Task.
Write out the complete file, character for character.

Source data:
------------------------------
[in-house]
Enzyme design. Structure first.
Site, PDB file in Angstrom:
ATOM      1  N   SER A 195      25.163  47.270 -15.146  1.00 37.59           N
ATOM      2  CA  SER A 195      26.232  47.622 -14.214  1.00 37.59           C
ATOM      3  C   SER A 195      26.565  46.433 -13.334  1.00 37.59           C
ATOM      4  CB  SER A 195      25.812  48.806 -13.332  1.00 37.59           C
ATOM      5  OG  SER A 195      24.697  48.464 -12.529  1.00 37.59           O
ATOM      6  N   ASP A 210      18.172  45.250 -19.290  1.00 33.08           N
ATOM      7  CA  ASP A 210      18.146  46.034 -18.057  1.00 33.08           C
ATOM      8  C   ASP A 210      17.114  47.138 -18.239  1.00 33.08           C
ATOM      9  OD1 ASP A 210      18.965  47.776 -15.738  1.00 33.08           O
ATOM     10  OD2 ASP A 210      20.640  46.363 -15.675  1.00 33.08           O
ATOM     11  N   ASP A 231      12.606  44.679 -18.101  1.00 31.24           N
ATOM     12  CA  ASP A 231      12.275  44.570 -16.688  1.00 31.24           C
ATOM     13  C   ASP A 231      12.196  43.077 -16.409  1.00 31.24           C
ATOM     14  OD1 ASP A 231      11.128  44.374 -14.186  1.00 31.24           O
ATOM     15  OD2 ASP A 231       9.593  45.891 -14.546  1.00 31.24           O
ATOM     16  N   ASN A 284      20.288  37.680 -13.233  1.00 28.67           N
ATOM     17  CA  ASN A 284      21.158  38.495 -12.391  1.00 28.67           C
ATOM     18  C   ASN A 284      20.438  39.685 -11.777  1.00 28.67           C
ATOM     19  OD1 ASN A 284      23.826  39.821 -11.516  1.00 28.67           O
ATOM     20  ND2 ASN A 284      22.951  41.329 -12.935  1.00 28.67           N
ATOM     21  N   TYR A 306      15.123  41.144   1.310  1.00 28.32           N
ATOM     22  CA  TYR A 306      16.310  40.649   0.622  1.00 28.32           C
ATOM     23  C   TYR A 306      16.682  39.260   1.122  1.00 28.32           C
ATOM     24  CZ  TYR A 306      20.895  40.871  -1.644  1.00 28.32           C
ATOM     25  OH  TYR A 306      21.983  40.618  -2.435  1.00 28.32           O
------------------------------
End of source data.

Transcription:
[in-house]
Enzyme design. Structure first.
Site, PDB file in Angstrom:
ATOM      1  N   SER A 195      25.163  47.270 -15.146  1.00 37.59           N
ATOM      2  CA  SER A 195      26.232  47.622 -14.214  1.00 37.59           C
ATOM      3  C   SER A 195      26.565  46.433 -13.334  1.00 37.59           C
ATOM      4  CB  SER A 195      25.812  48.806 -13.332  1.00 37.59           C
ATOM      5  OG  SER A 195      24.697  48.464 -12.529  1.00 37.59           O
ATOM      6  N   ASP A 210      18.172  45.250 -19.290  1.00 33.08           N
ATOM      7  CA  ASP A 210      18.146  46.034 -18.057  1.00 33.08           C
ATOM      8  C   ASP A 210      17.114  47.138 -18.239  1.00 33.08           C
ATOM      9  OD1 ASP A 210      18.965  47.776 -15.738  1.00 33.08           O
ATOM     10  OD2 ASP A 210      20.640  46.363 -15.675  1.00 33.08           O
ATOM     11  N   ASP A 231      12.606  44.679 -18.101  1.00 31.24           N
ATOM     12  CA  ASP A 231      12.275  44.570 -16.688  1.00 31.24           C
ATOM     13  C   ASP A 231      12.196  43.077 -16.409  1.00 31.24           C
ATOM     14  OD1 ASP A 231      11.128  44.374 -14.186  1.00 31.24           O
ATOM     15  OD2 ASP A 231       9.593  45.891 -14.546  1.00 31.24           O
ATOM     16  N   ASN A 284      20.288  37.680 -13.233  1.00 28.67           N
ATOM     17  CA  ASN A 284      21.158  38.495 -12.391  1.00 28.67           C
ATOM     18  C   ASN A 284      20.438  39.685 -11.777  1.00 28.67           C
ATOM     19  OD1 ASN A 284      23.826  39.821 -11.516  1.00 28.67           O
ATOM     20  ND2 ASN A 284      22.951  41.329 -12.935  1.00 28.67           N
ATOM     21  N   TYR A 306      15.123  41.144   1.310  1.00 28.32           N
ATOM     22  CA  TYR A 306      16.310  40.649   0.622  1.00 28.32           C
ATOM     23  C   TYR A 306      16.682  39.260   1.122  1.00 28.32           C
ATOM     24  CZ  TYR A 306      20.895  40.871  -1.644  1.00 28.32           C
ATOM     25  OH  TYR A 306      21.983  40.618  -2.435  1.00 28.32           O